Gideon’s Angel: UK cover preview

Double plus good! Solaris are releasing Gideon’s Angel with two different covers in the US and the UK. They’re both superb with very different takes on theme and hopefully they will draw you into the intrigue and magic of 17th century England.

Taking Liberties

Historical fantasy and fact vs fiction

If writing historical fiction sometimes requires taking liberties with the truth for the purposes of storyline, writing historical fantasy makes this almost a dead certainty. But half the fun of writing historical fantasy is in weaving the fantastical elements seamlessly with actual events without rewriting the historical timeline as we know it. You can even inject a fantasy device that directly triggers an actual event.

High fantasy demands world-building from the ground up. Historical fantasy is more like renovating a listed building without permission. You keep the fabric and build on what’s there but also construct some rather strange additions. Working on Gideon’s Angel (Solaris 2013) gave me the opportunity to introduce several real life figures into a fantasy/horror scenario and have them interact with the protagonist and other fictional characters. All of this obviously requires some good research to remain true to the actual person and the time period. But there can be something reassuringly comforting about making a real person one of your characters—like watching an old familiar friend in a new adventure that no one knew about. Who would have thought that Abe Lincoln had a second line of work in vampire hunting?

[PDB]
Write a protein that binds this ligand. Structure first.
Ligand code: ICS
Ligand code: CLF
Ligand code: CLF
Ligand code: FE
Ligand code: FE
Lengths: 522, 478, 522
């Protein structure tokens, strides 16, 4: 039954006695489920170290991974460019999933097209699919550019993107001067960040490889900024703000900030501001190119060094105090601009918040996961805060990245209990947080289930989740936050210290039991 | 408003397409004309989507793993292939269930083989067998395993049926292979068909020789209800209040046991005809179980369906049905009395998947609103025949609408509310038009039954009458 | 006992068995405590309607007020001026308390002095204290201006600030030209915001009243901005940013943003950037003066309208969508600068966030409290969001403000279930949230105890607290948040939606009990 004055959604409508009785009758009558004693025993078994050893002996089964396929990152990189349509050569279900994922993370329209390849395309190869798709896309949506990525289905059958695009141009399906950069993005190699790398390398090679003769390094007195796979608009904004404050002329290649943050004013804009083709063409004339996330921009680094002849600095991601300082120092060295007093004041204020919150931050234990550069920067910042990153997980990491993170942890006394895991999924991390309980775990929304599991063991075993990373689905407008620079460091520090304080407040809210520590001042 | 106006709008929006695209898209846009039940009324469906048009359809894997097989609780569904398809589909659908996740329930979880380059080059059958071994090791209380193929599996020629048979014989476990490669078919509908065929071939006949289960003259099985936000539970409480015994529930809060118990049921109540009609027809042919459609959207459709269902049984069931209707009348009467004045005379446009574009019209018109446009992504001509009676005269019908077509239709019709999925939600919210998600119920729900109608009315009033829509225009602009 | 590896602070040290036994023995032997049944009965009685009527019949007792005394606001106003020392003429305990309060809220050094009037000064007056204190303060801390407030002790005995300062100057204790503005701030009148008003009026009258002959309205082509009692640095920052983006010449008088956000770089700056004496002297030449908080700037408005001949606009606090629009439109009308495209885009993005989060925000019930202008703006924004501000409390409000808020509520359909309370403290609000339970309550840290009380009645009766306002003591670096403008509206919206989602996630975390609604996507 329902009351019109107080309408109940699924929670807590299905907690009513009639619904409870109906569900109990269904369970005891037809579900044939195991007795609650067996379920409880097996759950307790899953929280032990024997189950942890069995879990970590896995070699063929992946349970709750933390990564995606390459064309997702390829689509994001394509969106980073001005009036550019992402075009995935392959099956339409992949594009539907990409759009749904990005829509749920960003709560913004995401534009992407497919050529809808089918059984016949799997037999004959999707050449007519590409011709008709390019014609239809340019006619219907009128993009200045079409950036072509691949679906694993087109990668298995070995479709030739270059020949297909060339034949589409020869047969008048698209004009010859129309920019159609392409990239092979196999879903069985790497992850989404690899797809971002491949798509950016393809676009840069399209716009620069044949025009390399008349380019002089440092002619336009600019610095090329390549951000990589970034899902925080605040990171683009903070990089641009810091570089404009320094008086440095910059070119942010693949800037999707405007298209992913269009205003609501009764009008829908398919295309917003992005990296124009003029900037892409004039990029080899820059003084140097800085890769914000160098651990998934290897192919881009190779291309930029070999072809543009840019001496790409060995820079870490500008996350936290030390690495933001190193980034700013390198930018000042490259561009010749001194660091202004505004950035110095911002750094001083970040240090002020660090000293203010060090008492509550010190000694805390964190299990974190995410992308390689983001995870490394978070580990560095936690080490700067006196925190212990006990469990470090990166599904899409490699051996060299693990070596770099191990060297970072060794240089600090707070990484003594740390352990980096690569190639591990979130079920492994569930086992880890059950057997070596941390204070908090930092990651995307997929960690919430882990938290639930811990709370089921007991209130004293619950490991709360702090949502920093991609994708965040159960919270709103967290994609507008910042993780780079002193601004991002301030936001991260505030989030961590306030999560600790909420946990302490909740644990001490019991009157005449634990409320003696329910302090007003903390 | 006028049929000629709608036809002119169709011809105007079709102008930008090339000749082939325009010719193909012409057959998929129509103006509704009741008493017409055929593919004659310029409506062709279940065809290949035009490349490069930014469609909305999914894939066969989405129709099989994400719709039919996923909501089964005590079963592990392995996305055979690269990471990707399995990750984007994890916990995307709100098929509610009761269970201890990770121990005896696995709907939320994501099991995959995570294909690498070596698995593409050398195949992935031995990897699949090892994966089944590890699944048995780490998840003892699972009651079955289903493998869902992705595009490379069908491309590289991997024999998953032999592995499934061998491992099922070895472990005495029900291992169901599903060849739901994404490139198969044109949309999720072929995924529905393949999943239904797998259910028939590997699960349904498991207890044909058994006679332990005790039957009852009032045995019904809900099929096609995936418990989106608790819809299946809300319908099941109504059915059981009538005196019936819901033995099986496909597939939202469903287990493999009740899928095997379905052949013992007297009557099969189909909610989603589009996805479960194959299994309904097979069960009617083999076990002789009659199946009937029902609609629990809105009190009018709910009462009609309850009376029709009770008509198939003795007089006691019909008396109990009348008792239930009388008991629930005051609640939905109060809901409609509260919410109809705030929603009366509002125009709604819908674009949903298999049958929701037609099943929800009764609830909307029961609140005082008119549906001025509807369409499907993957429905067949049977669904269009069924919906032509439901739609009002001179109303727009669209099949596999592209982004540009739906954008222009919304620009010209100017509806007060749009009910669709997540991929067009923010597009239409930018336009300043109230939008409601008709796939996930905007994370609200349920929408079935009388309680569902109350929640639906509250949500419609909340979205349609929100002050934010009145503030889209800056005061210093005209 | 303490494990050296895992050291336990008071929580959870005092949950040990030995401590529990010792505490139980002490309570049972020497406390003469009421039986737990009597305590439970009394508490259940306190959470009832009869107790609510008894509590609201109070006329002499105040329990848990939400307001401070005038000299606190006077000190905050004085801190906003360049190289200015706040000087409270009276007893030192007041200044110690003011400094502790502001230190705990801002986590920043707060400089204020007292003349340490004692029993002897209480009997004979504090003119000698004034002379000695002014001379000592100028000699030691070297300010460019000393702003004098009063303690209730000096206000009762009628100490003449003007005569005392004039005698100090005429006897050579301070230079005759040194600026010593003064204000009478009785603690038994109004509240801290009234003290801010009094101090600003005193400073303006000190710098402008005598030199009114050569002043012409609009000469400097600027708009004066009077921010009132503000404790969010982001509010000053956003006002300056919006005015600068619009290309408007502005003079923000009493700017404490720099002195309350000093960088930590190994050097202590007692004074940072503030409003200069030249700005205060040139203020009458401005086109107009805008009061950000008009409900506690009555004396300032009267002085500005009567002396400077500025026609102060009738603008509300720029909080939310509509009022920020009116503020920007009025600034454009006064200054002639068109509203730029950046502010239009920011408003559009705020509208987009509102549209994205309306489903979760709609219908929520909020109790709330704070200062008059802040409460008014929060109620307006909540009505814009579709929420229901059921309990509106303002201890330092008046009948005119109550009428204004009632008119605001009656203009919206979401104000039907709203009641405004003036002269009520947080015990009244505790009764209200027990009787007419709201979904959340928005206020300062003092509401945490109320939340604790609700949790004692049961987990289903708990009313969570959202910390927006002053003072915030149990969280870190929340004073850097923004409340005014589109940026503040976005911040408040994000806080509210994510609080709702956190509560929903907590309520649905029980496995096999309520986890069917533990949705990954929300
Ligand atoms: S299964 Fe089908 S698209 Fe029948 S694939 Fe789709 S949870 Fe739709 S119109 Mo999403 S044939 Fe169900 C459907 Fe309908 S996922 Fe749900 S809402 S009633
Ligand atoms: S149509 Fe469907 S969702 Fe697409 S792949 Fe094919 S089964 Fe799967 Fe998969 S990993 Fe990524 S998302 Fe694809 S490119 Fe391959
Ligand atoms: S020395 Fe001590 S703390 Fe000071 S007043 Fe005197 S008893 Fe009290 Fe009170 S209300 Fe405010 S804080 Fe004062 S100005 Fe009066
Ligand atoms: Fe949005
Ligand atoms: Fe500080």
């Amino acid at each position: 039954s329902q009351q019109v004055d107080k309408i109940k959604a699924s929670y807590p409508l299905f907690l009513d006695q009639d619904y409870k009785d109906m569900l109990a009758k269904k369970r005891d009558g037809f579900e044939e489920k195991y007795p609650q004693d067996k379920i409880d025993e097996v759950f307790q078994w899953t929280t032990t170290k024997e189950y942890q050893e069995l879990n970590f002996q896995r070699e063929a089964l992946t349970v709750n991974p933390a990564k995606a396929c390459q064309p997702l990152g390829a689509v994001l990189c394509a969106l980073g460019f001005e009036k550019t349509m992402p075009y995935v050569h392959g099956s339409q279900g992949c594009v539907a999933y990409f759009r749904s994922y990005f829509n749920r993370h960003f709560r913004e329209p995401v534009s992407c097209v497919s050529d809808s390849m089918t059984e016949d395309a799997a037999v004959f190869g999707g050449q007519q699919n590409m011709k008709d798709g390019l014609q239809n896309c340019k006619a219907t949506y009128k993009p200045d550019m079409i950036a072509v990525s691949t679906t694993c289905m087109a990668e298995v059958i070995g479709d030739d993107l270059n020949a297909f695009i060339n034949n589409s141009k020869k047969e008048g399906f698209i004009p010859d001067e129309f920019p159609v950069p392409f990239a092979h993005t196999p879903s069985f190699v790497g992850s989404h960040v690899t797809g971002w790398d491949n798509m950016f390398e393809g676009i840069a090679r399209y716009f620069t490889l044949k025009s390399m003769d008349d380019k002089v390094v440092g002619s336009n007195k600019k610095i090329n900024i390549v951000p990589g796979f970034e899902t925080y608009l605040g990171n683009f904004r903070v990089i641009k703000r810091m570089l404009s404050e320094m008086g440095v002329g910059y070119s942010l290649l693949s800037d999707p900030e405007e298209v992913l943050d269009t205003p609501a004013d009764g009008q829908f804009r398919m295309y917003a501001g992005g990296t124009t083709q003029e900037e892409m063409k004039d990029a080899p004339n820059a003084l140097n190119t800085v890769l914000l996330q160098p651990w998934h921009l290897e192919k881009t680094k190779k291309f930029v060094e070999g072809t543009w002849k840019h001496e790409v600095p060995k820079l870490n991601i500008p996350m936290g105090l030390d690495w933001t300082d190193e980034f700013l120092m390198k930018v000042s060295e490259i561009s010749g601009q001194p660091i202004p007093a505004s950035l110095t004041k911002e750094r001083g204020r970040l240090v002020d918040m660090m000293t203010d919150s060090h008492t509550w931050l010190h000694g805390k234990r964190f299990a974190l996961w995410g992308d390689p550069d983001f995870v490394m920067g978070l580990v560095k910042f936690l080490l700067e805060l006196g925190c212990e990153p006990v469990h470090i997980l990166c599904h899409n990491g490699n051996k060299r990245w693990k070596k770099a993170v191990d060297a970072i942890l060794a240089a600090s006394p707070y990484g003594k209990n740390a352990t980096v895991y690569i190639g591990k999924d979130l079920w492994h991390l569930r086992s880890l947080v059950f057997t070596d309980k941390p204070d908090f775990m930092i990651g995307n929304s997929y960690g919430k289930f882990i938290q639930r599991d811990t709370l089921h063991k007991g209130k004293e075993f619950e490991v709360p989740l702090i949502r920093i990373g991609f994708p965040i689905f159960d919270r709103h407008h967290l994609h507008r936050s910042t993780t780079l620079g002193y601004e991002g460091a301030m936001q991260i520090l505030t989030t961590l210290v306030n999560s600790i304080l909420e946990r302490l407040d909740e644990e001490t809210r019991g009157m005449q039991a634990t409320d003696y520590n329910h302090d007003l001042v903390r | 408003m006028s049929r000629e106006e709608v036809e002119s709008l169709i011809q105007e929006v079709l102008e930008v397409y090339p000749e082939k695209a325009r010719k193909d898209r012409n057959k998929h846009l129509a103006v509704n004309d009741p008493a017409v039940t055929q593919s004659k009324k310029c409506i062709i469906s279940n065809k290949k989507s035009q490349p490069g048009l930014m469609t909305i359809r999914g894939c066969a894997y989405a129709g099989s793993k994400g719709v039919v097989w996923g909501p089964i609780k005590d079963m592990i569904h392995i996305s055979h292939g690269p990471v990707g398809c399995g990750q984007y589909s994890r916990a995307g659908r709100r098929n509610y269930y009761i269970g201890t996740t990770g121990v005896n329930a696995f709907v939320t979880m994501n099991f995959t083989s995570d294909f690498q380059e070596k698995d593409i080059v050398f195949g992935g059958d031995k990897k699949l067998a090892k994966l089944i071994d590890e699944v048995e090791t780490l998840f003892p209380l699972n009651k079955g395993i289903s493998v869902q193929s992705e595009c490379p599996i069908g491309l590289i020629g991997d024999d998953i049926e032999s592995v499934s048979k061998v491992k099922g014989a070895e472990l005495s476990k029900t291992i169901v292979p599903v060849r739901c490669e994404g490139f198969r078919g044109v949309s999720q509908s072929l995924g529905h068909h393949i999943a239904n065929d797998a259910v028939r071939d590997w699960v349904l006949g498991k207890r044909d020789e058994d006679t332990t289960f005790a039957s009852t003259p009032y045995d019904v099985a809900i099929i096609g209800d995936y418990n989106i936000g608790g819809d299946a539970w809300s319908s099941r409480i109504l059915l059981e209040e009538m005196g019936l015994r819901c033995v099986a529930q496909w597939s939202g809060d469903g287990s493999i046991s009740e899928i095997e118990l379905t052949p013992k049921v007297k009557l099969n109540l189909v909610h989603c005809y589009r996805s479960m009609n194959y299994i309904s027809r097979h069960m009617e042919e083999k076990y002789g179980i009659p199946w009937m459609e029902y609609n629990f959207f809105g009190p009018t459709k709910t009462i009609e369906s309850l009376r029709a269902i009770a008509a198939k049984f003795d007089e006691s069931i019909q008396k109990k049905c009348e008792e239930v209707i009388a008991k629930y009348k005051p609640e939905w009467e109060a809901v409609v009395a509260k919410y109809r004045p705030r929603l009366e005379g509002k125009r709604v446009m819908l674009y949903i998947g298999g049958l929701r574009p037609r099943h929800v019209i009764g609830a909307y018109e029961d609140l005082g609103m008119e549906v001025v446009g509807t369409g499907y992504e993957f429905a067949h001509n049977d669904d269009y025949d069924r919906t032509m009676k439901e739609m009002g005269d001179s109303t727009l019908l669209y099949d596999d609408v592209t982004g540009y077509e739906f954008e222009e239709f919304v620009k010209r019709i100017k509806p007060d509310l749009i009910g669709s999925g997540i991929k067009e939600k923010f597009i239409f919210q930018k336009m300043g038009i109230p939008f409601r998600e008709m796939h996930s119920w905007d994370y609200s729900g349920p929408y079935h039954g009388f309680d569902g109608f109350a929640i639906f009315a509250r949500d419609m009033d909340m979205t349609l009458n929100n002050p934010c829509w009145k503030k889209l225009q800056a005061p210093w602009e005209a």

And readers will get the opportunity to meet characters they thought were fictional but are actually figures from true life. Without giving away the game, one of these is Charles de Batz-Castelmore, better known as d’Artagnan. Alexandre Dumas plucked him from the

The real version of musketeer d’Artagnan lives again in Gideon’s Angel

pages of history and dropped him into The Three Musketeers but in real life d’Artagnan lived almost the same adventure: as a soldier for King Louis XIV, as a trusted confidante of the great Cardinal Mazarin, and as an international man of mystery.

Less well known, but equally real, is Elias Ashmole. Ashmole, scientist, mathematician and founding member of the Royal Society, is best remembered today for the museum at Oxford that he began and that still bears his name. He was also a dedicated alchemist and astrologer. The 17th century was the twilight of an earlier age: new science was discovering physics and the circulation of blood at a time when most people still believed in hobgoblins and that the little old lady down the street was a witch. This head-on collision of medieval and modern makes the period especially fertile ground for historical fiction and fantasy. Gideon’s Angel takes that premise and runs with it. It hits the streets next March in the US and UK.